Do you have a class of readers like I do? Even when I’ve had a class of students who love, often beg to read more, there are a few students who can’t seem to figure out what to read. Sometimes, they just don’t know what to read when they have a choice. This lesson is the first of many lessons that teach students that they do have a choice in what they read but in order to continue to develop their reading skills, they need to read “just right” books.
I introduce this lesson by explaining to students that when it comes to reading we all have a choice in what we read. We read signs, directions, menus, letters or emails from our friends, descriptions for our favorite toys or gadgets in magazines, etc. However, when we want to practice a skill, we need to focus on the things that will make us better. I explain to them that in 4th grade they are going to develop stronger reading skills in fiction and nonfiction texts and therefore, in school, during reading lessons, they will need to books that help them practice those skills. Today, I will teach them how to choose those types of books.
In this section, I want students to watch another student so they can genuinely hear what they, themselves might sound like when they are struggling in reading. I ask a student who is confident but an average reader. I set her up with a book that she can read successfully and give her a chance to practice reading it so that she is not shaken when she reads out loud in front of the whole class. The book that is too hard is saved for reading in front of the class.
I ask students to listen to her read a book that is too hard. After she’s done, I’ll ask the class to help me fill out a chart showing what it sounds like or what happens when the book is too hard. After the “too hard” example, I ask her to read a just right book and again ask the class to share what they noticed about that. I help them add to the list anything I think is important but they missed. For example, the 3-finger (previously 5-finger) rule stating that when you are reading a “just right” book, you shouldn’t have problems reading/understanding more than 3 words on a page. I tell students that if they use that rule then they should try it on 3 different pages.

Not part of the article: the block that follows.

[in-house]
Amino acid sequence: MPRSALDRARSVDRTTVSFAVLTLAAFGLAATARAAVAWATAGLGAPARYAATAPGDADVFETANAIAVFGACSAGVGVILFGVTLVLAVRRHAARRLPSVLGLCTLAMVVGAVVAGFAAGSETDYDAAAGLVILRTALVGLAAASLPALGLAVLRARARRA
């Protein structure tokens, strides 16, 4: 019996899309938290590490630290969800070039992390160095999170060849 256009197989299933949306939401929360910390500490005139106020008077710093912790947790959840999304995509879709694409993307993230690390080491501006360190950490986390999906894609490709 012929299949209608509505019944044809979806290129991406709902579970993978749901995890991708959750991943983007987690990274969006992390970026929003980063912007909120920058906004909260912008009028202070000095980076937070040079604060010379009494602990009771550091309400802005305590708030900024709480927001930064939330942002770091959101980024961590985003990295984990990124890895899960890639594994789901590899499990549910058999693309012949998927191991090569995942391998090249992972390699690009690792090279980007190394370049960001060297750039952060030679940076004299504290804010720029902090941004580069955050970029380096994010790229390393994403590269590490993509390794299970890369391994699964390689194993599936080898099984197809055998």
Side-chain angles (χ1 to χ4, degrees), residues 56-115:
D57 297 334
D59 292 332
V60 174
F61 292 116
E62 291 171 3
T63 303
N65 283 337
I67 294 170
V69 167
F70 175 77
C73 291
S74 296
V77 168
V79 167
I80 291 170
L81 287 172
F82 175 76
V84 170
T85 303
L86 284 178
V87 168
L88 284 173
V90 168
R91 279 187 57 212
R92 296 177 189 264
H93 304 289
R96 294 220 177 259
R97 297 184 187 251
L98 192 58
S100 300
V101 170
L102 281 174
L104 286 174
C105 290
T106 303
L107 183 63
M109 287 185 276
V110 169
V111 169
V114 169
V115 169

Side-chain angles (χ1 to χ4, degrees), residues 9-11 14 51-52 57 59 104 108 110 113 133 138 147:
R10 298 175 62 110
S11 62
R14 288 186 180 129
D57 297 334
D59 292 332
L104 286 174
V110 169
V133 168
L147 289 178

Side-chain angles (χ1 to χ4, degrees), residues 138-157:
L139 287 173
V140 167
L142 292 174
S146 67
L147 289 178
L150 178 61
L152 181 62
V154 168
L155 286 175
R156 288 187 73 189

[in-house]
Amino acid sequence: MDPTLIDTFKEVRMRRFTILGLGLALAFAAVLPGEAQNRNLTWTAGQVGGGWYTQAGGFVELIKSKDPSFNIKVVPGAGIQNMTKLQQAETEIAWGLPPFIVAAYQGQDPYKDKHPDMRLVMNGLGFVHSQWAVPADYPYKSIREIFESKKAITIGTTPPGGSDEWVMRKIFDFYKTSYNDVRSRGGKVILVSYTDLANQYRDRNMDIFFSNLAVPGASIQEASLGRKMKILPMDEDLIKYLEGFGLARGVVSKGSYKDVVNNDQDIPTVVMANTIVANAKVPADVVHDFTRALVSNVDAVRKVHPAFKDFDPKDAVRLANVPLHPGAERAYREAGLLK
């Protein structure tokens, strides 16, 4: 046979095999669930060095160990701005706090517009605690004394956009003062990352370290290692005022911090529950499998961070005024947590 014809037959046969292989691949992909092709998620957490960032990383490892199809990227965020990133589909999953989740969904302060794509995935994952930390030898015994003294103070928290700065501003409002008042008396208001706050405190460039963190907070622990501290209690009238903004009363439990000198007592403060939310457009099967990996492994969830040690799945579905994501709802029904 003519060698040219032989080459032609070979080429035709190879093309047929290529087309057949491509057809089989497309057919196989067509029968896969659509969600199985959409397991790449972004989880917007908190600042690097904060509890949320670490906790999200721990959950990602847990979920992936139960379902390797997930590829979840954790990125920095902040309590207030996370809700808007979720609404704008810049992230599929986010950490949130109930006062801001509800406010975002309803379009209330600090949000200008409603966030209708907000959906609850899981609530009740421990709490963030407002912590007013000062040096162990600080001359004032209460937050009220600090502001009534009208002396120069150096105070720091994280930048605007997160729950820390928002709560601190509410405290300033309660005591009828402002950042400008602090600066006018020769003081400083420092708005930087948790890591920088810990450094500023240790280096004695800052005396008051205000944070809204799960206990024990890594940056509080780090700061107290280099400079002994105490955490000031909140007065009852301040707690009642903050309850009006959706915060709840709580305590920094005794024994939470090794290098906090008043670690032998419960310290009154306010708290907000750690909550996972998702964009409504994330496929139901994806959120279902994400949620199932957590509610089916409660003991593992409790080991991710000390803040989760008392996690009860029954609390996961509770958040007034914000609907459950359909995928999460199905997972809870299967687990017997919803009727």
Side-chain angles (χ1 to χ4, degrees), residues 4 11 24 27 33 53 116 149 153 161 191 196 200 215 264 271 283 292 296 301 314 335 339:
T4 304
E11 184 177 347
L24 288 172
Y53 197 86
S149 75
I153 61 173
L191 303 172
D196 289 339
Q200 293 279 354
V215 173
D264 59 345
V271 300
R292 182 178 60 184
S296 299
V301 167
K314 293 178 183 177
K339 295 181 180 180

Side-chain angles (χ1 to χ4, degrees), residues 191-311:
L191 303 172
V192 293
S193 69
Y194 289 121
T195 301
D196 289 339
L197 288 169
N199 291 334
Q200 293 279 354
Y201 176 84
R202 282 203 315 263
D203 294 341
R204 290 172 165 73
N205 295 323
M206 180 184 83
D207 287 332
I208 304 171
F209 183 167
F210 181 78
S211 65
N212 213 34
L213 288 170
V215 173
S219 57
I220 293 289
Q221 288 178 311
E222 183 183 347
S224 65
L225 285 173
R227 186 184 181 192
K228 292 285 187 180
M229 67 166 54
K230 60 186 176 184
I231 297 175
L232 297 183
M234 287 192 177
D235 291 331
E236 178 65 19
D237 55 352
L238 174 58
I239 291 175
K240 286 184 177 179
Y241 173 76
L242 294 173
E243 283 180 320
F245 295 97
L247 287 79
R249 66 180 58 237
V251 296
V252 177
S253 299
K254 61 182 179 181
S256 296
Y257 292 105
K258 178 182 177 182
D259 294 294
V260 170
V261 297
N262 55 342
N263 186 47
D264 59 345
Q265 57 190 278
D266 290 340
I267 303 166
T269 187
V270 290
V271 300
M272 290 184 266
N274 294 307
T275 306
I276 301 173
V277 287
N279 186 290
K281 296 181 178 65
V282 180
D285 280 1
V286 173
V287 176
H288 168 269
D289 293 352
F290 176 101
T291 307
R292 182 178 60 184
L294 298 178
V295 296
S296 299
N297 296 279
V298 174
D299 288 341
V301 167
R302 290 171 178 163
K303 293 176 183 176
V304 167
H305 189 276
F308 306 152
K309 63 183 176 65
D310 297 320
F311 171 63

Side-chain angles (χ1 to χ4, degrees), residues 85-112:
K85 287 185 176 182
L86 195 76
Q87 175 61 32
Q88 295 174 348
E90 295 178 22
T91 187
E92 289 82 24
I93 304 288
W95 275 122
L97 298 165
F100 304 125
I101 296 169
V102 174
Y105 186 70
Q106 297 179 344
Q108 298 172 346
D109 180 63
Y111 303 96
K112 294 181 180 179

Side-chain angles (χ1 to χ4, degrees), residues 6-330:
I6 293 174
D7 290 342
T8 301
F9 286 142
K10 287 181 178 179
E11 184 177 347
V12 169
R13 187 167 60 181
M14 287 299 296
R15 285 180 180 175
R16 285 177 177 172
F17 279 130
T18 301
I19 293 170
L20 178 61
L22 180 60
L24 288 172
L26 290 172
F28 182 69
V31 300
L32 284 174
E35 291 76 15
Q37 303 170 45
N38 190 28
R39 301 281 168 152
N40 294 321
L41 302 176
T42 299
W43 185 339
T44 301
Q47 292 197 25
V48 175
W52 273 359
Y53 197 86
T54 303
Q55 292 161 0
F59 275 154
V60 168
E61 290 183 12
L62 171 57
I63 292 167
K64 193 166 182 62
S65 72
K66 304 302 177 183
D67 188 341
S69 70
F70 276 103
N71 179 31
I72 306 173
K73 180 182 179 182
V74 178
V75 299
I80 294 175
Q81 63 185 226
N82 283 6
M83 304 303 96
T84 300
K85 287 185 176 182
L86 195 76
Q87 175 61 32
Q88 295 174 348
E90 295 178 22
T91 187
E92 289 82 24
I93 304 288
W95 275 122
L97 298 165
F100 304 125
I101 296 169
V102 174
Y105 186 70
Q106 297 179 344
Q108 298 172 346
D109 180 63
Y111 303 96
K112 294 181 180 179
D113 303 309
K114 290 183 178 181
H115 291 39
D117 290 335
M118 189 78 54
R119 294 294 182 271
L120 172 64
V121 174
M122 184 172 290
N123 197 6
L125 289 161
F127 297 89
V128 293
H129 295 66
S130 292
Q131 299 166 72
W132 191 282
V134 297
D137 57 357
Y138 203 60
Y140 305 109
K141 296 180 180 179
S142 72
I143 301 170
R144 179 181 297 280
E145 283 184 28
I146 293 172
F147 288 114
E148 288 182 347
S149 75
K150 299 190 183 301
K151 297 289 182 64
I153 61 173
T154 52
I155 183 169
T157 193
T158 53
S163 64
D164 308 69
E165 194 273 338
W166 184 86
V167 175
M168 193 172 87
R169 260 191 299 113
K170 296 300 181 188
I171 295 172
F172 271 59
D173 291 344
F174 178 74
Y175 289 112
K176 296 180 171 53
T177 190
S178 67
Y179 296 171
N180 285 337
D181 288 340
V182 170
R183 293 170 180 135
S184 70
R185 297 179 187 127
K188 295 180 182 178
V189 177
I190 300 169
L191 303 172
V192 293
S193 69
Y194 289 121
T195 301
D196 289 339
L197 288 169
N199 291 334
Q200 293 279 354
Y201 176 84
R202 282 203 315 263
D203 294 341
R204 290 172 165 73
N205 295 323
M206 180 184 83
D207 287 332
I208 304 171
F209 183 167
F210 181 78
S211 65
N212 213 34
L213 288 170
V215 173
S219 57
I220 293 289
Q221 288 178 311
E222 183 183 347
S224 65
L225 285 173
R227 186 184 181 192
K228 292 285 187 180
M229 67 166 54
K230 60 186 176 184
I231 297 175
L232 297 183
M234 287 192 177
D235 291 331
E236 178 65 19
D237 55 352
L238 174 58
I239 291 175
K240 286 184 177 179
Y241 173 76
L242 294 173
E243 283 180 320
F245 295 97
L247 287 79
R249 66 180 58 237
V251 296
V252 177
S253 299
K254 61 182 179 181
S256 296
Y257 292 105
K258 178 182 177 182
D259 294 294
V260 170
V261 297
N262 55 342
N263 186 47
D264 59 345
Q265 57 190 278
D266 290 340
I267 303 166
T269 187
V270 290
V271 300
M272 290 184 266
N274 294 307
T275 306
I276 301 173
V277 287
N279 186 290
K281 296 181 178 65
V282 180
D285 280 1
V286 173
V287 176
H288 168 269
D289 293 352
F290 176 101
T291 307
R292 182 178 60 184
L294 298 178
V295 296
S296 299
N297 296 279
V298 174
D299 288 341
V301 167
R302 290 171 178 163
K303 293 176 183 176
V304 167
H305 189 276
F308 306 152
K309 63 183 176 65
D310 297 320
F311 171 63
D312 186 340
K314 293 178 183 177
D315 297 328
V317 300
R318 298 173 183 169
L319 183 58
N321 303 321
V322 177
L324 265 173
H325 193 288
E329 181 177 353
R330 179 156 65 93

In this part, I ask students to practice listening for reading that sounded “Just-Right”. I ask students to take out a book that they are currently reading and practice reading it with their partners. Partner A listens to Partner B and writes down what they hear using the notes from the page and then talks with their partner about whether or not they thought it was a “just-right” book. Then they switch.
Now that students have had a few examples of what reading sounds like when its “just right” and when its too hard, they have an option of checking out a book from the classroom library that they can replace their too hard or easy book for a “just-right” book.
Then I give them time to read while I check in with as many students 1:1 to make sure they are reading just right books.